Tag Archives: Music et al

Who Smash Smothers Brothers

Who Smash Smothers Brothers

September 17, 1967

Tom and Dick

Who Smash Smothers Brothers

I had heard of the Smothers Brothers. They were a bit goofy and looked like they might be escapees from a barbershop quartet. They were actually brothers (unlike the Righteous Brothers) and the way Tom joked but didn’t joke with Dick, his straight man.

Of course, Dick was a pretty funny word to hear on TV in the 1960s.

Their show began on CBS at 9 PM on Sunday 5 February 1967.  They followed the still popular and influential Ed Sullivan Show. Such a lead in spot would seem to make their show a shoe in success, but keep in mind what was on NBC at the same time: Bonanza.

Who Smash Smothers Brothers

The underdog

Bonanza had been running for eight years already. A hugely popular show that made its viewers feel like cowboys who did the right thing at a time when making America great again was all the rage.

Poking fun at the Establishment was funny only to some Boomers, but for them, what fun it was.

Plus there was music. They had main stream performers like Jim Nabors, Jimmy Durante, siblings Frank and Nancy Sinatra, and Micky Rooney.

Who Smash Smothers Brothers

Underground music

For so-called “underground music” fans, seeing bands such as the Buffalo Springfield, Jefferson Airplane, the Turtles, the Blues Magoos, the Electric Prunes, and Simon and Garfunkel was a special treat. Such bands were not regularly seen on the few pre-cable TV stations typically available.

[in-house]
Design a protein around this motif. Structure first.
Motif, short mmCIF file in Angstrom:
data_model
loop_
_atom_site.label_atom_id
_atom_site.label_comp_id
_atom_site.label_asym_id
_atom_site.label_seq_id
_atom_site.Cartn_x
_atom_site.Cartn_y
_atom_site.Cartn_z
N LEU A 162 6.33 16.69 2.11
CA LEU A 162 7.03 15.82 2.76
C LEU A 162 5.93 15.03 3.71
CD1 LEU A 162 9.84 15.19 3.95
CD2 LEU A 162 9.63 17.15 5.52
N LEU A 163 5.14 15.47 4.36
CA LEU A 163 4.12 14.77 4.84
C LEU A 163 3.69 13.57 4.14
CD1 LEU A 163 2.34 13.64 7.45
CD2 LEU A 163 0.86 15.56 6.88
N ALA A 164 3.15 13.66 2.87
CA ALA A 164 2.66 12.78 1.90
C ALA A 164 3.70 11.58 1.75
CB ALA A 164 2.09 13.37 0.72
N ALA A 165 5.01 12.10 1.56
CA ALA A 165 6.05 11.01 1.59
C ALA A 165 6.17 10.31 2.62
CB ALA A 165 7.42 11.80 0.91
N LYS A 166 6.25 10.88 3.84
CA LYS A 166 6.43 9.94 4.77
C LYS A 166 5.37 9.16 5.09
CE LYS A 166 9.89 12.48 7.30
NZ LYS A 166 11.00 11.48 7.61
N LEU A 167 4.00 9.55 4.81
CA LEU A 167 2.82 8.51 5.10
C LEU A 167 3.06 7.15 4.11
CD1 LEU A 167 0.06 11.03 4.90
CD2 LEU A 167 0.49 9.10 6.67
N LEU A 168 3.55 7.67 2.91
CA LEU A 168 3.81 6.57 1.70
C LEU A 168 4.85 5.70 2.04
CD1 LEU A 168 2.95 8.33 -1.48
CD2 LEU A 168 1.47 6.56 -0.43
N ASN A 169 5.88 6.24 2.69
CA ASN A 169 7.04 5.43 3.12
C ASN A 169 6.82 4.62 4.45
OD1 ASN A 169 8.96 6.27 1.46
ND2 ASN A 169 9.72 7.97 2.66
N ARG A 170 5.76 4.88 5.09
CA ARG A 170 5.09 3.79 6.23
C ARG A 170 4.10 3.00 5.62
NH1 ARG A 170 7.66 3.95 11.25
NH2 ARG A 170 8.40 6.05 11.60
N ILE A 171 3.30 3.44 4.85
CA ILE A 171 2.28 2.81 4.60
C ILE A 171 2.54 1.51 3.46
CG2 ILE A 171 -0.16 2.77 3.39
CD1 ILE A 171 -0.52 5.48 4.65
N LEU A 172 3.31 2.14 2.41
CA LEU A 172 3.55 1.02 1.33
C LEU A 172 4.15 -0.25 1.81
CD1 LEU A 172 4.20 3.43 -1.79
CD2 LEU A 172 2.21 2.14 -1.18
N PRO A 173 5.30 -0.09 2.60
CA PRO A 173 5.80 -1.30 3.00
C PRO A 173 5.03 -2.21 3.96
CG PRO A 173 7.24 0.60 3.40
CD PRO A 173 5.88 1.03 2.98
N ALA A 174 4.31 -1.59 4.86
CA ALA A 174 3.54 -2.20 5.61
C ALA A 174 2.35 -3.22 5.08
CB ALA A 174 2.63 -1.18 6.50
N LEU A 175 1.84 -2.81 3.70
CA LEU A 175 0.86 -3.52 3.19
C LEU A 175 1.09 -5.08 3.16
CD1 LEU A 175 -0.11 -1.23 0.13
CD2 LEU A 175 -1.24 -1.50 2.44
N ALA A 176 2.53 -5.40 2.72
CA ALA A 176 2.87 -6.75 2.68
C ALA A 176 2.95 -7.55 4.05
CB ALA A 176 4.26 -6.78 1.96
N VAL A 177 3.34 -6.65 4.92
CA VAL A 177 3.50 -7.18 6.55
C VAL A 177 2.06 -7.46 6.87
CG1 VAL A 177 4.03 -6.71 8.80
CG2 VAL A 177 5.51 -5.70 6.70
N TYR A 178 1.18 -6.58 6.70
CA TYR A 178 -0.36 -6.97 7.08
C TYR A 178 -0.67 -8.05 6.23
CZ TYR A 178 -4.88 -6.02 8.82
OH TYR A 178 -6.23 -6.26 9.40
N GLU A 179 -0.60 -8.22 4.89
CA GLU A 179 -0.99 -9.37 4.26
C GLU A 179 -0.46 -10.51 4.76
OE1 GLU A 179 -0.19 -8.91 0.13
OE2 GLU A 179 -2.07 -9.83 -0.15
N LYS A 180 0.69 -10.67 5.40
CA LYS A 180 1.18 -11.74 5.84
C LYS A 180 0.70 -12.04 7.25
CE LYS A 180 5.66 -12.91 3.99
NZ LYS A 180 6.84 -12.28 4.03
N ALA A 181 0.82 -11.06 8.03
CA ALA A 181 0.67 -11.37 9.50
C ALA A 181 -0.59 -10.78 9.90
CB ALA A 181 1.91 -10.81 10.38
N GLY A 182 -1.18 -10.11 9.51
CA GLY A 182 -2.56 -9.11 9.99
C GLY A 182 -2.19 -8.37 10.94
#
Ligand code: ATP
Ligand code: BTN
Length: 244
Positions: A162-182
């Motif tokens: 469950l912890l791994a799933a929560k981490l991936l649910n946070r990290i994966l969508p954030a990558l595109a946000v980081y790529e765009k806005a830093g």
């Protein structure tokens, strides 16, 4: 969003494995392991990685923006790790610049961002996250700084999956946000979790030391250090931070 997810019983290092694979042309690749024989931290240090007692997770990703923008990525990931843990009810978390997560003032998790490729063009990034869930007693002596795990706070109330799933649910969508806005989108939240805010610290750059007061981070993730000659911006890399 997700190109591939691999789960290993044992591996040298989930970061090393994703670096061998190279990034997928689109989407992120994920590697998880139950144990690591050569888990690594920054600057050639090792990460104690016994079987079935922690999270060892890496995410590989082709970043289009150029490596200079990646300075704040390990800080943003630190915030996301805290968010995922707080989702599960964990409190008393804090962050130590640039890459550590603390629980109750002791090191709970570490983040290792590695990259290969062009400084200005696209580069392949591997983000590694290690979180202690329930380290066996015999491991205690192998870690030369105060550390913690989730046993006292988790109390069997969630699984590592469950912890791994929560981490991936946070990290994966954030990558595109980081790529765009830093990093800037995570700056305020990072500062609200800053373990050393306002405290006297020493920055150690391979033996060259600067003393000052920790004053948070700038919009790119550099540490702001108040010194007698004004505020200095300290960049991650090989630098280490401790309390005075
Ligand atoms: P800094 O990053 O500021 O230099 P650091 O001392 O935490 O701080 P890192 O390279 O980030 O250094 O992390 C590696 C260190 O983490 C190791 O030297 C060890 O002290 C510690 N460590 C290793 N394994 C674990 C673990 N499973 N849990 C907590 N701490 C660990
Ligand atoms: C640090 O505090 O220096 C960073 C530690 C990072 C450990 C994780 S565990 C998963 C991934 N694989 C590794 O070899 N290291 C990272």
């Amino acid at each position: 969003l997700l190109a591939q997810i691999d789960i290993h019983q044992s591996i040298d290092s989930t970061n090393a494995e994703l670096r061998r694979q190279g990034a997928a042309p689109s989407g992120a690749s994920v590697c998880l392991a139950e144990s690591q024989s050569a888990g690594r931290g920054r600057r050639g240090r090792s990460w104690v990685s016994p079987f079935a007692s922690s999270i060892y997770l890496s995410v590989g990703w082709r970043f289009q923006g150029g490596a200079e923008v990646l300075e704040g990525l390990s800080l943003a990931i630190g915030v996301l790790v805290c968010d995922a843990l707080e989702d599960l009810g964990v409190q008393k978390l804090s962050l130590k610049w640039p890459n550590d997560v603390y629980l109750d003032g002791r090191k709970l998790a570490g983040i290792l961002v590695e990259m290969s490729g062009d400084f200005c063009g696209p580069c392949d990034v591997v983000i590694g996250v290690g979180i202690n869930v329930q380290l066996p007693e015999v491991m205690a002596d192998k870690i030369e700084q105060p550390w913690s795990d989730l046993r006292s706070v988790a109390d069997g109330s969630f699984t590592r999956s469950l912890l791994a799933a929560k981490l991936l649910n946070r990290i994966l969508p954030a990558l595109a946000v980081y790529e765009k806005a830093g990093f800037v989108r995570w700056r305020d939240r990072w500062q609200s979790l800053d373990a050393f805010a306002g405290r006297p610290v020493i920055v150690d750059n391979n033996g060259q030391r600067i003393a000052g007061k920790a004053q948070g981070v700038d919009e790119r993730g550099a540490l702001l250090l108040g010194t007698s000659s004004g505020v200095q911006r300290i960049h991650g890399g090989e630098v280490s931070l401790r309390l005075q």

Who Smash Smothers Brothers

Oh, that night!

Who Smash Smothers Brothers

On September 17, 1967, The Who appeared on The Smothers Brothers Comedy Hour. They played 2 songs, “I Can See For Miles” and “My Generation”.

At the end of “My Generation”, Pete Townshend started smashing his amp.

Keith Moon had rigged his drum set to explode. It did and the explosions cut Moon’s leg & singed Pete Townshend’s hair, along with doing damage to Townshend’s hearing.

Who Smash Smothers Brothers

Try try again

The story is apparently (and not surprisingly) that Keith Moon wanted to have an explosion at the end of their performance. In rehearsals, the explosion wasn’t big enough and he asked for something bigger. It was increased, but Keith added more.

And history was made.

Here is a 2016 Rolling Stone magazine look-back at the event.

Who Smash Smothers Brothers
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April 24 Music et al

April 24 Music et al

Doug Clifford

April 24, 1945: Doug Clifford of Creedance Clearwater Revival born.

April 24 Music et al

Bob Dylan

April 24, 1961: Harry Belafonte recorded “Midnight Special”. Bob Dylan played harmonica on the recording. It was Dylan’s first official recording and he received a $50 session fee. (see July 29)


April 24 Music et al

Runaway

April 24 Music et al

April 24 – May 21, 1961: “Runaway” by Del Shannon #1 Billboard Hot 100. Shannon and keyboardist Max Crook wrote the song.


April 24 Music et al

Game of Love

April 24 – 30, 1965: “Game of Love” by Wayne Fontana & the Mindbenders #1 on the Billboard Hot 100.


April 24 Music et al

Penultimate John and Paul